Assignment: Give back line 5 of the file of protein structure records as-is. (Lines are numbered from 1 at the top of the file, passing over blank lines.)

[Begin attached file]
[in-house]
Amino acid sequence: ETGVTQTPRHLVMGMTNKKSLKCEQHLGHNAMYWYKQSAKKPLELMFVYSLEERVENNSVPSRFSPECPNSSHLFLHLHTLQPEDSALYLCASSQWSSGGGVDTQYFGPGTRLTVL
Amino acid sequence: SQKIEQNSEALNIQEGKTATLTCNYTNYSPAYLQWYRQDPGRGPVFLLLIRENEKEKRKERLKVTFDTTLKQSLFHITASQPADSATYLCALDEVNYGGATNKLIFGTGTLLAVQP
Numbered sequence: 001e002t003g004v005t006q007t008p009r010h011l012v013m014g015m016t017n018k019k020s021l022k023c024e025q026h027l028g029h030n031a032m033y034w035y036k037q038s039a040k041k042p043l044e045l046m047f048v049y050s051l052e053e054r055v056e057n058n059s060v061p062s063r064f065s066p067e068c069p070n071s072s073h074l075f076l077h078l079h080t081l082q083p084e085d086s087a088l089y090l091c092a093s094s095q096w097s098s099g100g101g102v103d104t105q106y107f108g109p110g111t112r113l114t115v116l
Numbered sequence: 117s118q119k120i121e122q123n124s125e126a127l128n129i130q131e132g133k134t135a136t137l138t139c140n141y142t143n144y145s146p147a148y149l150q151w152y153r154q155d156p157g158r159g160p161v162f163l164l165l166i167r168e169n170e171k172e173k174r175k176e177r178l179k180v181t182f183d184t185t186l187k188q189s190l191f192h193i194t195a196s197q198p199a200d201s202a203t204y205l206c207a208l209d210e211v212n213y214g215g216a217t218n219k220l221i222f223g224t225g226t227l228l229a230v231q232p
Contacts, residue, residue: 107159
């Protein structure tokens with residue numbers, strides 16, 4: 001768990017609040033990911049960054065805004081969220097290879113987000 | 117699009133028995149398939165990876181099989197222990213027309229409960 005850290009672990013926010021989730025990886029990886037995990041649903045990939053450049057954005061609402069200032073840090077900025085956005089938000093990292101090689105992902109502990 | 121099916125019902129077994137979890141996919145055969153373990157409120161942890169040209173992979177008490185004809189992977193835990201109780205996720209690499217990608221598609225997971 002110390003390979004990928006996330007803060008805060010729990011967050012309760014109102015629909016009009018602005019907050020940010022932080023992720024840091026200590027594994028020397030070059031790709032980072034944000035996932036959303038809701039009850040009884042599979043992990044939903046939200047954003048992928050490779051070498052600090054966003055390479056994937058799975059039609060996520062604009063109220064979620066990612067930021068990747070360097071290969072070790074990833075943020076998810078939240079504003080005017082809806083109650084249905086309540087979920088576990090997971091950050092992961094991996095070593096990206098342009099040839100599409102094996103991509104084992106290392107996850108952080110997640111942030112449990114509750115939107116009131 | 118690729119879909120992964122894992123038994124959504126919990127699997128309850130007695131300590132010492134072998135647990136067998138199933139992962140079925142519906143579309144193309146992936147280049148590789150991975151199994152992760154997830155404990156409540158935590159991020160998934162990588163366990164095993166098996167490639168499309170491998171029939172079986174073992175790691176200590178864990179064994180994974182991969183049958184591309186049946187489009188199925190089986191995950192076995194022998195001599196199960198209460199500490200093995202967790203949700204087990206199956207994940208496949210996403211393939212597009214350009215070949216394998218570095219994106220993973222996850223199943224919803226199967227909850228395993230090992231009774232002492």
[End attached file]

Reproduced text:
Numbered sequence: 117s118q119k120i121e122q123n124s125e126a127l128n129i130q131e132g133k134t135a136t137l138t139c140n141y142t143n144y145s146p147a148y149l150q151w152y153r154q155d156p157g158r159g160p161v162f163l164l165l166i167r168e169n170e171k172e173k174r175k176e177r178l179k180v181t182f183d184t185t186l187k188q189s190l191f192h193i194t195a196s197q198p199a200d201s202a203t204y205l206c207a208l209d210e211v212n213y214g215g216a217t218n219k220l221i222f223g224t225g226t227l228l229a230v231q232p